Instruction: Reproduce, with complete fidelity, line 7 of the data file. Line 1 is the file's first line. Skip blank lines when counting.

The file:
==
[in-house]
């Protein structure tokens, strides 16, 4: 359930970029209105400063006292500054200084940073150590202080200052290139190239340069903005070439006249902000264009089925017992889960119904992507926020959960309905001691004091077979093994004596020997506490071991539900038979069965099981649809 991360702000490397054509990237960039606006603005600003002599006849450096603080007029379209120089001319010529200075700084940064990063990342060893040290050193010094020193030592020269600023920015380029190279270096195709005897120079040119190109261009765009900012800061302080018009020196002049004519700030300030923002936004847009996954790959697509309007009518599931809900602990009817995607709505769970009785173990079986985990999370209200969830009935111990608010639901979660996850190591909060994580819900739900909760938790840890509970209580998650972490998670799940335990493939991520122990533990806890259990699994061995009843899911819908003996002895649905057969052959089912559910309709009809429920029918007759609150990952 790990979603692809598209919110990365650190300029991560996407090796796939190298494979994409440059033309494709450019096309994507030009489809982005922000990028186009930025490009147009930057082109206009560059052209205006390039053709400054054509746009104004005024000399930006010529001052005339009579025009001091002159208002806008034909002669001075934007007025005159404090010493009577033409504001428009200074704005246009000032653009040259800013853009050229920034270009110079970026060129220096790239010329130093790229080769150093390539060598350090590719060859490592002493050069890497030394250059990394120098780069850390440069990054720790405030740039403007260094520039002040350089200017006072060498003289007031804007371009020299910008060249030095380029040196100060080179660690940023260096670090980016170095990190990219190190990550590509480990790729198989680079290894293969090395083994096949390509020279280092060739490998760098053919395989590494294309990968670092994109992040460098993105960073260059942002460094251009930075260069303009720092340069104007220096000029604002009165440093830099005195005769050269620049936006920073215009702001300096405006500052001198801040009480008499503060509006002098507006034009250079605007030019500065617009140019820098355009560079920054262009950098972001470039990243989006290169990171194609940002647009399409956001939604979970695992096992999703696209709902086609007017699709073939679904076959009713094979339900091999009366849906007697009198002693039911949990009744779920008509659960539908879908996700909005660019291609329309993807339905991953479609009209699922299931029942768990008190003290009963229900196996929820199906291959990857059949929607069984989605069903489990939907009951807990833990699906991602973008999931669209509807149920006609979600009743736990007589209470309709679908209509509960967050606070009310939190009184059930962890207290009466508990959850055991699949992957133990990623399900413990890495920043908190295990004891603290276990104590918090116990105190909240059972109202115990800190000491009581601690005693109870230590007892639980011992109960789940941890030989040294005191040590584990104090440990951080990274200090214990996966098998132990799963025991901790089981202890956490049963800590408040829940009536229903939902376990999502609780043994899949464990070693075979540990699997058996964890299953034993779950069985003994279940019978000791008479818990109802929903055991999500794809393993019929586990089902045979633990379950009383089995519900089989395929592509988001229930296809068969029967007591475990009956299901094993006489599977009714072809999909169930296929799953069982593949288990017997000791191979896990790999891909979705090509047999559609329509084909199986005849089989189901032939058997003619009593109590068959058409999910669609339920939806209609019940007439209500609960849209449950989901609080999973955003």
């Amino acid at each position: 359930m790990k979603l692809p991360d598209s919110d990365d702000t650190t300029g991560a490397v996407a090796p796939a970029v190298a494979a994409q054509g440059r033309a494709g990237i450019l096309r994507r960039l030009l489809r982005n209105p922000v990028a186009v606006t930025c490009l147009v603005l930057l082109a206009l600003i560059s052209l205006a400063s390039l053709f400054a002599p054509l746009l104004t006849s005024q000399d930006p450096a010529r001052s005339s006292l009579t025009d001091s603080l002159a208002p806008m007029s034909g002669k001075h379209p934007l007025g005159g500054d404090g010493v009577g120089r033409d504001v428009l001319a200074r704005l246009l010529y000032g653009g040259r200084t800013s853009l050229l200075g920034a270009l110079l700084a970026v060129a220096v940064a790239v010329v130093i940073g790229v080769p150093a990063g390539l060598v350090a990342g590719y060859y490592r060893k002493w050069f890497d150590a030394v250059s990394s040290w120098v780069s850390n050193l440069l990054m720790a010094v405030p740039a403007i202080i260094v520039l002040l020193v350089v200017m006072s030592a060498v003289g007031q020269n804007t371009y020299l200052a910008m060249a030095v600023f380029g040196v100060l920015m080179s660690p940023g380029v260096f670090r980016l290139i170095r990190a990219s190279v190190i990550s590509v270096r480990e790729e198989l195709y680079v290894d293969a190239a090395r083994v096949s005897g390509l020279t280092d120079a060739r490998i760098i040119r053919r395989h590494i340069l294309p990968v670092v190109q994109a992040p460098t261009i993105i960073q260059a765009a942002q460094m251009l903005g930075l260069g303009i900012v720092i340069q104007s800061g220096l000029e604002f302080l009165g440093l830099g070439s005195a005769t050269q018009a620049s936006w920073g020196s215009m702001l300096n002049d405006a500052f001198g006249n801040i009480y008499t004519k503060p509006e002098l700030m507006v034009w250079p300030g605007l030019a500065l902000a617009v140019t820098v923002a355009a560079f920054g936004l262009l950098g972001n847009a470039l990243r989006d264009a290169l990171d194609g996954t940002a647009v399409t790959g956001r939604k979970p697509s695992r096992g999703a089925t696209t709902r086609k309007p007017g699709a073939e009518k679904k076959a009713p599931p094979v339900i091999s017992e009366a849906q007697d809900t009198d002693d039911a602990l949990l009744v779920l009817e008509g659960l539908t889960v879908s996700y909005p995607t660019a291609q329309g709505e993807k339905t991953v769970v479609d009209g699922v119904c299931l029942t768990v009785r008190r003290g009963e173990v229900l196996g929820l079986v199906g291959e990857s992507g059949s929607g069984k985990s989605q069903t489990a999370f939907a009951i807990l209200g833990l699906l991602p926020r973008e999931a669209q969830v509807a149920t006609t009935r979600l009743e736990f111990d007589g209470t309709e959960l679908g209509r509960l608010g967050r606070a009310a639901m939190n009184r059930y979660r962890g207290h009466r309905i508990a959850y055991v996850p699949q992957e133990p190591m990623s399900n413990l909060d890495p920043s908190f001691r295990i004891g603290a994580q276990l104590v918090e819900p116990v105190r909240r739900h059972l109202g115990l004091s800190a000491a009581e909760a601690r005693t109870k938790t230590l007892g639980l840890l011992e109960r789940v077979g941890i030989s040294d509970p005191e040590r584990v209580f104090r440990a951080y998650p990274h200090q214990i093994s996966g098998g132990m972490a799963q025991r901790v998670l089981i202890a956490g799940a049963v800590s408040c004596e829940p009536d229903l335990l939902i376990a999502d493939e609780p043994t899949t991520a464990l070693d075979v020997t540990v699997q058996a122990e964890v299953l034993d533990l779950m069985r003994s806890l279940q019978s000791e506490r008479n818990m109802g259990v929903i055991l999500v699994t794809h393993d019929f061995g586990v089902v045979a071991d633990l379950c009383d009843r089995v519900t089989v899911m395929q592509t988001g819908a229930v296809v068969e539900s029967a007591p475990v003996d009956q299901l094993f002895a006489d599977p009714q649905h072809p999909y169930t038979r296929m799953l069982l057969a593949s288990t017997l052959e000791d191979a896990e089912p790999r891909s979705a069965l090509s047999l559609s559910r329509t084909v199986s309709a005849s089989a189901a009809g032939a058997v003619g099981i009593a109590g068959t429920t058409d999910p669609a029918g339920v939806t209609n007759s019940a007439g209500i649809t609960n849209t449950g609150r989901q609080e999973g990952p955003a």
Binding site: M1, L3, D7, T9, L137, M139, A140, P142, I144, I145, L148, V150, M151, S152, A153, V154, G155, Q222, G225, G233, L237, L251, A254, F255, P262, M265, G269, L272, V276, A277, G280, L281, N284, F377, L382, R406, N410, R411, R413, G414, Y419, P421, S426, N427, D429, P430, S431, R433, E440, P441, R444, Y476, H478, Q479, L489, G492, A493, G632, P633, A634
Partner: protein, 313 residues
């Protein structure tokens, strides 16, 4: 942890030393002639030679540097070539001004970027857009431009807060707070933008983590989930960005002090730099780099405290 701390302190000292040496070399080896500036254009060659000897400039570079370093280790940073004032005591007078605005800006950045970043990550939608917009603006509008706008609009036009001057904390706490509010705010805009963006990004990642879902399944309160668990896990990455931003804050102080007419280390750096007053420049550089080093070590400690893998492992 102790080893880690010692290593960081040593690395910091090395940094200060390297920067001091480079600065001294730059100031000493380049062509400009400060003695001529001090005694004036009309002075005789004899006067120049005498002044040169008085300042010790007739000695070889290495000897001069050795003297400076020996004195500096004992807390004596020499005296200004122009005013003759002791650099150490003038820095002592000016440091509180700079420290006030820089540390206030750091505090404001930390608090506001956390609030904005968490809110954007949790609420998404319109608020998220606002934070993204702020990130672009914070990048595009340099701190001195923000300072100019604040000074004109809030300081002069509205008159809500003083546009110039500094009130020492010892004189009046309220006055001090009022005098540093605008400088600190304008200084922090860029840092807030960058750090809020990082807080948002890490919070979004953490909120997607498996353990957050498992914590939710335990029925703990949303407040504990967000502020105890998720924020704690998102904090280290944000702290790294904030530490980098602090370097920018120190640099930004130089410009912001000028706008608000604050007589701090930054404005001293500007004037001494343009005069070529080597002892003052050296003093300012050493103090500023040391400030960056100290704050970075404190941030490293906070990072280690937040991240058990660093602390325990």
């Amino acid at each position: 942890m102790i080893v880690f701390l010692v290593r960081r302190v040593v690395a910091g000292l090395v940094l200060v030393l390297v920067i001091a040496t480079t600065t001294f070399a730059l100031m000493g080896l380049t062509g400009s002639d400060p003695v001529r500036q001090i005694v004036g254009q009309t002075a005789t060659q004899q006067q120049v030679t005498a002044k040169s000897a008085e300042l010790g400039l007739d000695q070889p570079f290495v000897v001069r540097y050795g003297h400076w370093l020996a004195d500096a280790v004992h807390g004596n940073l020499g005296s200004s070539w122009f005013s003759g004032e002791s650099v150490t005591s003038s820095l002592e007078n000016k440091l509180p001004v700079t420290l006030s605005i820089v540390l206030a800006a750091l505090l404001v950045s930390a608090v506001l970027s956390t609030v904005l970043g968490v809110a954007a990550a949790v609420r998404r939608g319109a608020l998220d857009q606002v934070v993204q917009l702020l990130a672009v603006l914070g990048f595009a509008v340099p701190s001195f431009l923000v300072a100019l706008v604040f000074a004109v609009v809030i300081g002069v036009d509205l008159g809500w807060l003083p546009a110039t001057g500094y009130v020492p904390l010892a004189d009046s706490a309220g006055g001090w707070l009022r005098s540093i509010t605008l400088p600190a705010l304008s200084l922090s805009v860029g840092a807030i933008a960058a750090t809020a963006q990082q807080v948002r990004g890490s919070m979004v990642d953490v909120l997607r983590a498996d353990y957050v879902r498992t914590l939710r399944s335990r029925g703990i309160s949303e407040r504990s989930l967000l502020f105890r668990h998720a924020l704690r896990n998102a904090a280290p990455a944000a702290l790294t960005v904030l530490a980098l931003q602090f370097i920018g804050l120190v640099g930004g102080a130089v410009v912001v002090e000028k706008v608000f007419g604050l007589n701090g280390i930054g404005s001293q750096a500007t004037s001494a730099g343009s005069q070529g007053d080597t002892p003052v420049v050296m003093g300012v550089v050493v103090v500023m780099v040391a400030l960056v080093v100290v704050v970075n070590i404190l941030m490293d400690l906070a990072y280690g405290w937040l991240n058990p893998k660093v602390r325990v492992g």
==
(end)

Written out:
């Amino acid at each position: 942890m102790i080893v880690f701390l010692v290593r960081r302190v040593v690395a910091g000292l090395v940094l200060v030393l390297v920067i001091a040496t480079t600065t001294f070399a730059l100031m000493g080896l380049t062509g400009s002639d400060p003695v001529r500036q001090i005694v004036g254009q009309t002075a005789t060659q004899q006067q120049v030679t005498a002044k040169s000897a008085e300042l010790g400039l007739d000695q070889p570079f290495v000897v001069r540097y050795g003297h400076w370093l020996a004195d500096a280790v004992h807390g004596n940073l020499g005296s200004s070539w122009f005013s003759g004032e002791s650099v150490t005591s003038s820095l002592e007078n000016k440091l509180p001004v700079t420290l006030s605005i820089v540390l206030a800006a750091l505090l404001v950045s930390a608090v506001l970027s956390t609030v904005l970043g968490v809110a954007a990550a949790v609420r998404r939608g319109a608020l998220d857009q606002v934070v993204q917009l702020l990130a672009v603006l914070g990048f595009a509008v340099p701190s001195f431009l923000v300072a100019l706008v604040f000074a004109v609009v809030i300081g002069v036009d509205l008159g809500w807060l003083p546009a110039t001057g500094y009130v020492p904390l010892a004189d009046s706490a309220g006055g001090w707070l009022r005098s540093i509010t605008l400088p600190a705010l304008s200084l922090s805009v860029g840092a807030i933008a960058a750090t809020a963006q990082q807080v948002r990004g890490s919070m979004v990642d953490v909120l997607r983590a498996d353990y957050v879902r498992t914590l939710r399944s335990r029925g703990i309160s949303e407040r504990s989930l967000l502020f105890r668990h998720a924020l704690r896990n998102a904090a280290p990455a944000a702290l790294t960005v904030l530490a980098l931003q602090f370097i920018g804050l120190v640099g930004g102080a130089v410009v912001v002090e000028k706008v608000f007419g604050l007589n701090g280390i930054g404005s001293q750096a500007t004037s001494a730099g343009s005069q070529g007053d080597t002892p003052v420049v050296m003093g300012v550089v050493v103090v500023m780099v040391a400030l960056v080093v100290v704050v970075n070590i404190l941030m490293d400690l906070a990072y280690g405290w937040l991240n058990p893998k660093v602390r325990v492992g």